With the explosion of online retail giants like Amazon.com, the new digital economy has turned traditional consumer buying behavior upside down, making your everyday salesperson seemingly obsolete.
In fact, according to Invesp, more than 62 percent of U.S. consumers with Internet access shop online at least once a month, and 78 percent of those shoppers don’t check out a product in-store before buying online.
Increasing from $231 billion in 2012, online retail sales are projected to grow steadily to $370 billion by 2017, leaving little doubt that traditional sales teams must do something to adapt. But just what can today’s salesperson do to survive in a thriving digital economy?
Survival Tip #1: Learn to Sell to the Informed Consumer
Consider this: According to CMO.com, 72 percent of millennials research and shop their options online before going to a store or the mall. When approached by a salesperson, the majority of in-store shoppers already have a general idea of what they want to purchase, their anticipated spending, and where else they can purchase the same item.
This behavior, known as webrooming, influences the entire sales process. Salespeople can no longer get by with empty promises, or hypothetical examples of how a product worked for someone else. Today’s informed customer values proof.
But on-the-spot proof can come tough. So, today’s salespeople need to be equipped with data that tells a story. (Numbers never lie.) A frantic sales pitch will cause more harm than good, but supporting numbers and facts build credibility and trust between the salesperson and the customer.
Survival Tip #2: Never Pitch Again
When it comes to dealing with informed customers, an overeager sales pitch can turn them off. Instead, salespeople should consider eliminating the traditional pitch to focus entirely on educating the customer.
Instead of approaching customers at the door, salespeople should give them a little space and let them linger, engaging only after a few minutes have passed. Considering the informed customer already has a purchase objective in mind, some time to look around and locate the item keeps things comfortable. Once engaged, salespeople should avoid overbearing statements about random products or great features and, rather, aim to serve as a resource to assist the buying decision.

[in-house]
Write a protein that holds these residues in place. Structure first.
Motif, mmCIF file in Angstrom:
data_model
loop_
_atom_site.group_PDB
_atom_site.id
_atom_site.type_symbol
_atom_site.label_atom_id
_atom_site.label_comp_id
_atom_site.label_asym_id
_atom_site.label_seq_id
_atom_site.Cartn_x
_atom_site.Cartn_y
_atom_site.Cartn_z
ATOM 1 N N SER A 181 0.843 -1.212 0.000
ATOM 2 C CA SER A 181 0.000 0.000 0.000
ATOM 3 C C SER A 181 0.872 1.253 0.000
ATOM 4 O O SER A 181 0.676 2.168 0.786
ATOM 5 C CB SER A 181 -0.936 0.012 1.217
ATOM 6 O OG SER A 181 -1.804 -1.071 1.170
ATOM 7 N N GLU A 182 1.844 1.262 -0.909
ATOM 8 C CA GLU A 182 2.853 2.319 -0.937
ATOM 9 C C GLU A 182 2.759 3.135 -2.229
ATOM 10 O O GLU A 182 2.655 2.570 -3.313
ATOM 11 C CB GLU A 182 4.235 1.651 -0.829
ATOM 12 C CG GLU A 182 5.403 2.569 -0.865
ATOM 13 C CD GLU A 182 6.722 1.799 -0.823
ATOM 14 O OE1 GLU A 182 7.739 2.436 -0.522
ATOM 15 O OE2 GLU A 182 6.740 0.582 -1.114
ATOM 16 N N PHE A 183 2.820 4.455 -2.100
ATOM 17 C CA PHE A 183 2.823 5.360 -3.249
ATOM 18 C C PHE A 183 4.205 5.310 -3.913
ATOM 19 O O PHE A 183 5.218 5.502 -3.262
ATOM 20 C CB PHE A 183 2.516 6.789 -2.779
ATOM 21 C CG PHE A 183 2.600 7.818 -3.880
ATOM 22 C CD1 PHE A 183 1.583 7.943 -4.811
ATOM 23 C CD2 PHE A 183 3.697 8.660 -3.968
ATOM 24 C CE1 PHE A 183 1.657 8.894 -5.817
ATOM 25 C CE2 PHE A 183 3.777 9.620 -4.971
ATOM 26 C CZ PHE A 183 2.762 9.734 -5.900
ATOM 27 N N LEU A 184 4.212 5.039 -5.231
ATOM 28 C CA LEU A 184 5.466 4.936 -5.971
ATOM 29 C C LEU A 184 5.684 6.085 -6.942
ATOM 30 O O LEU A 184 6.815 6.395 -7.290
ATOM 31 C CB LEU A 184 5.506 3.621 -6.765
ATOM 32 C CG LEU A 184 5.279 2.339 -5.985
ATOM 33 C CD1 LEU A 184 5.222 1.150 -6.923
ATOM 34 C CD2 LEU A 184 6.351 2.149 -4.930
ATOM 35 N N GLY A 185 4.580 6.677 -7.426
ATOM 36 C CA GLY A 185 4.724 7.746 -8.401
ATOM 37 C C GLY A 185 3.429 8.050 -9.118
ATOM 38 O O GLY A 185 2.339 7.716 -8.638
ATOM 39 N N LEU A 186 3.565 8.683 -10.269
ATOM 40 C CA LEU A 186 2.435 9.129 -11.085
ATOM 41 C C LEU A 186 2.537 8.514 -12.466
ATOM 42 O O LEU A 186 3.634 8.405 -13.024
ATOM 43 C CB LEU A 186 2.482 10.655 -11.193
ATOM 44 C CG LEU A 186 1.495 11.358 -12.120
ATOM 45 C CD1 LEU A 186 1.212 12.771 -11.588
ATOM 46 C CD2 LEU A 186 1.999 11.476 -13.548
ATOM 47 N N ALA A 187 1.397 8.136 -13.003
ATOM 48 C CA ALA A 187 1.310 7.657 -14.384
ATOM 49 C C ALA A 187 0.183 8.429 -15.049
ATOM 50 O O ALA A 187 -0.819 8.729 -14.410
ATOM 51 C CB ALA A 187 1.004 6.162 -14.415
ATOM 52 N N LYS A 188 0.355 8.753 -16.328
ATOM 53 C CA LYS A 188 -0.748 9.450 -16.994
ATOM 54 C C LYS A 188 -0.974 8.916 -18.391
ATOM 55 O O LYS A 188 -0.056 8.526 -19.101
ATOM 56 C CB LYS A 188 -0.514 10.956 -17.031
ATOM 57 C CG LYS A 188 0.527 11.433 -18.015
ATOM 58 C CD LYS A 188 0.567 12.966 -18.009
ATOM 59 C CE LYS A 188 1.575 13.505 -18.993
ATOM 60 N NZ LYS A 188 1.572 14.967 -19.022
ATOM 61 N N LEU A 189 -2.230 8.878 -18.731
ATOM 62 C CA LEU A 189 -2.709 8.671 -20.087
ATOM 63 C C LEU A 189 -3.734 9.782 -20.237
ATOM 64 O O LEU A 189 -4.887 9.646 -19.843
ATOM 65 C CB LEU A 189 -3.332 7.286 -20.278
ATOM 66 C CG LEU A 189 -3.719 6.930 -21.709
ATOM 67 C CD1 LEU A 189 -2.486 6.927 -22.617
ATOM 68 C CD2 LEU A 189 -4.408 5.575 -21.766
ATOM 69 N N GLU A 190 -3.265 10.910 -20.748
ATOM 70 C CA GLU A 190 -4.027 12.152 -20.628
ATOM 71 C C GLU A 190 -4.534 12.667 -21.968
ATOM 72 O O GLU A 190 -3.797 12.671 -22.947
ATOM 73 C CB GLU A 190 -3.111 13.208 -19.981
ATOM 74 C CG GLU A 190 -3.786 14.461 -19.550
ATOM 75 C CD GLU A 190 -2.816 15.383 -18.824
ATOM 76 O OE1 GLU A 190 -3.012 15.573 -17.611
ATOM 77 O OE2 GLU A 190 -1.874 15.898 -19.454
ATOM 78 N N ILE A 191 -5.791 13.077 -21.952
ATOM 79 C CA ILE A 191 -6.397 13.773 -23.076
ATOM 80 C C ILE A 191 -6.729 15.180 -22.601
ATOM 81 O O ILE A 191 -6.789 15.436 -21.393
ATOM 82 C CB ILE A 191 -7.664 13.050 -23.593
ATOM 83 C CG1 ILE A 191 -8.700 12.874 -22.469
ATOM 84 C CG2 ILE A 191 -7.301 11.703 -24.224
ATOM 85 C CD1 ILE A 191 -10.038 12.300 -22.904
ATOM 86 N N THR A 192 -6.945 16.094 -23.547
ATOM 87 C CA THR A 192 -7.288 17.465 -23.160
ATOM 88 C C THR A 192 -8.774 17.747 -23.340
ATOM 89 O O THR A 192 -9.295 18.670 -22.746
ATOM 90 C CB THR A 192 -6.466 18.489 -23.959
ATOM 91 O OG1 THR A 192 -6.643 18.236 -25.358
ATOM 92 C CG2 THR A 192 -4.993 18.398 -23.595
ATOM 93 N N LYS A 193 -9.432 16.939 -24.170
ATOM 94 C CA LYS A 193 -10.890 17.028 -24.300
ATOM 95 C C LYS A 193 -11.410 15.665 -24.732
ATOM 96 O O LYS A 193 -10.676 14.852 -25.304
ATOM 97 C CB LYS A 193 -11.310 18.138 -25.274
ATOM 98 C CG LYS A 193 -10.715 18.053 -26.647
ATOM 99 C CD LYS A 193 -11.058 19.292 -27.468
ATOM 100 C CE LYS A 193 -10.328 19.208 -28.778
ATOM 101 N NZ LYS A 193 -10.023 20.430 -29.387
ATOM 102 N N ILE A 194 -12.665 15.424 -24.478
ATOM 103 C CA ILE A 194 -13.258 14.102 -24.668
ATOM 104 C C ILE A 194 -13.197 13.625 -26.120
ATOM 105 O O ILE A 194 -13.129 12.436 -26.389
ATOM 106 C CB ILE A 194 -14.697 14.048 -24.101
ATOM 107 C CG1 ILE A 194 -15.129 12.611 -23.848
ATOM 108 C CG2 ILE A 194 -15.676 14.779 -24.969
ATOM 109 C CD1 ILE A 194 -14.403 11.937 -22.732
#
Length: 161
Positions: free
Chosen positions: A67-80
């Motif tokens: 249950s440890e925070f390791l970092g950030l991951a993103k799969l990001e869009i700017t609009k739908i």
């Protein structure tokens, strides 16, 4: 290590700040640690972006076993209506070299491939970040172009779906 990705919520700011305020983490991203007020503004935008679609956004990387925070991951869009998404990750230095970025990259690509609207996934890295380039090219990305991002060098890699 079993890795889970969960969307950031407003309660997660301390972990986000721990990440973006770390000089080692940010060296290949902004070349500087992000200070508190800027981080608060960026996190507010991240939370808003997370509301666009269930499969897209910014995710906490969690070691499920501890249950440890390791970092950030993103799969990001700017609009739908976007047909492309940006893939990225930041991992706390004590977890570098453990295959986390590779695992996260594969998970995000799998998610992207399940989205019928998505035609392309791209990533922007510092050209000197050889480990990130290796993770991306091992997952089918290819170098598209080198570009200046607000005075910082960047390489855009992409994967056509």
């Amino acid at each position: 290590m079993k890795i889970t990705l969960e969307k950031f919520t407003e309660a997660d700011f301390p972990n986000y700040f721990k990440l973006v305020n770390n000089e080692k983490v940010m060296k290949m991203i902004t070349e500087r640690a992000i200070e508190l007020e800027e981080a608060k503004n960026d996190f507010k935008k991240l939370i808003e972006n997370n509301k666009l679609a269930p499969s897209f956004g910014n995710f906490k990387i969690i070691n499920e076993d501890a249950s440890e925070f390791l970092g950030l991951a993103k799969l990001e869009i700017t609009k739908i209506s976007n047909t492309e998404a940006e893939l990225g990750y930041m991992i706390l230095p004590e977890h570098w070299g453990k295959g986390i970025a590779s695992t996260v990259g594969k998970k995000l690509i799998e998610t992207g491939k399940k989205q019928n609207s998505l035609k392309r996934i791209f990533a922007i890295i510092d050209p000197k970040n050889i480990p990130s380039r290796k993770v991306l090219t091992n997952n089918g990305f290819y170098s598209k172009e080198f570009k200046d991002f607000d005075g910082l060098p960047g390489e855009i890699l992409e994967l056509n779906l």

Remember, buyers are seeking proof in the purchasing process, making salespeople who are only focused on closing a sale irrelevant. Spouting off a boatload of information up front doesn’t educate buyers, it overwhelms them.
Survival Tip #3: Embrace Digital Communication
Today’s buyers crave instant gratification. They expect questions, problems and desires to be addressed immediately. Even those who prefer not to be addressed with sales pitches at the door still likely want in-store resources readily available and at their fingertips. Since one salesperson (or an entire team) can’t be available 24/7/365, it’s important to provide multiple communication channels for customers.
In addition to on-site sales support, retailers should provide multiple means of contact through their website, social channels or via mobile. With a range of communication options, customers are empowered to start conversations whenever and however they want.
Aside from sales support, these various communication channels can also be used as a way to reach target consumers. Eighty-four percent of online shoppers refer to at least one social media platform for recommendations before shopping online, giving salespeople a chance to capitalize on digital. (If ya can’t beat ’em, join ’em, right?)
By putting control in the hands of the customer, the digital economy has spurred a renewed demand for transparency. But that doesn’t necessarily displace the knowledge and expertise a salesperson can provide. By implementing a few fresh tactics, today’s salespeople can survive the changing world of retail, positioning themselves as a trusted resource for the modern consumer.
Scott McLaren is CMO of Fortegra, a subsidiary of Tiptree Financial, which is a single-source insurance services company that, through a network of preferred partners, offers a range of consumer protection options including credit insurance, warranty products, automotive solutions, and specialty underwriting programs.